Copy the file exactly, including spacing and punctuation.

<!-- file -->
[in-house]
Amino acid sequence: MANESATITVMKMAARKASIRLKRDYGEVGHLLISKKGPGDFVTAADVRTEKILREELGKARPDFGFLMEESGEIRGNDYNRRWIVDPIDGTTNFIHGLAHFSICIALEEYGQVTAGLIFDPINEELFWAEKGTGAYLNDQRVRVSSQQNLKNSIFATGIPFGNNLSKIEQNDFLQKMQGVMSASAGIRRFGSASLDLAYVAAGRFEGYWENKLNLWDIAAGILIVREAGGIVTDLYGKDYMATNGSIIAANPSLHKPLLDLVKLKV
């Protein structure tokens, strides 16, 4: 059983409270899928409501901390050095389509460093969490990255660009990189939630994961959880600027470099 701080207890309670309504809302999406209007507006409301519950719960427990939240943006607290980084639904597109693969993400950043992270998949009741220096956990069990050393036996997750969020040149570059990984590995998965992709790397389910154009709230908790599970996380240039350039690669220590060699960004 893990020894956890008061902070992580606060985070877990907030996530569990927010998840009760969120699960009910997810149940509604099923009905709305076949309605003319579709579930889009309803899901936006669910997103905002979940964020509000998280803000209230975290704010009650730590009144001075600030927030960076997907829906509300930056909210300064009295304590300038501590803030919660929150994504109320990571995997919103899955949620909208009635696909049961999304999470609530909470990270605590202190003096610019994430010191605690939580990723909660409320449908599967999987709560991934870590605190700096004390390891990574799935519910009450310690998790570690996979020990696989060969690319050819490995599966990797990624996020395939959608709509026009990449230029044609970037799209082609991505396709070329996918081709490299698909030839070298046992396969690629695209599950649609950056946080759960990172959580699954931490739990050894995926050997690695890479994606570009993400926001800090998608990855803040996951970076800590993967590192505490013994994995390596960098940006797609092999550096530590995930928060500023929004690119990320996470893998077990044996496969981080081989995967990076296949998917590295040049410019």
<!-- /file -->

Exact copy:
[in-house]
Amino acid sequence: MANESATITVMKMAARKASIRLKRDYGEVGHLLISKKGPGDFVTAADVRTEKILREELGKARPDFGFLMEESGEIRGNDYNRRWIVDPIDGTTNFIHGLAHFSICIALEEYGQVTAGLIFDPINEELFWAEKGTGAYLNDQRVRVSSQQNLKNSIFATGIPFGNNLSKIEQNDFLQKMQGVMSASAGIRRFGSASLDLAYVAAGRFEGYWENKLNLWDIAAGILIVREAGGIVTDLYGKDYMATNGSIIAANPSLHKPLLDLVKLKV
């Protein structure tokens, strides 16, 4: 059983409270899928409501901390050095389509460093969490990255660009990189939630994961959880600027470099 701080207890309670309504809302999406209007507006409301519950719960427990939240943006607290980084639904597109693969993400950043992270998949009741220096956990069990050393036996997750969020040149570059990984590995998965992709790397389910154009709230908790599970996380240039350039690669220590060699960004 893990020894956890008061902070992580606060985070877990907030996530569990927010998840009760969120699960009910997810149940509604099923009905709305076949309605003319579709579930889009309803899901936006669910997103905002979940964020509000998280803000209230975290704010009650730590009144001075600030927030960076997907829906509300930056909210300064009295304590300038501590803030919660929150994504109320990571995997919103899955949620909208009635696909049961999304999470609530909470990270605590202190003096610019994430010191605690939580990723909660409320449908599967999987709560991934870590605190700096004390390891990574799935519910009450310690998790570690996979020990696989060969690319050819490995599966990797990624996020395939959608709509026009990449230029044609970037799209082609991505396709070329996918081709490299698909030839070298046992396969690629695209599950649609950056946080759960990172959580699954931490739990050894995926050997690695890479994606570009993400926001800090998608990855803040996951970076800590993967590192505490013994994995390596960098940006797609092999550096530590995930928060500023929004690119990320996470893998077990044996496969981080081989995967990076296949998917590295040049410019």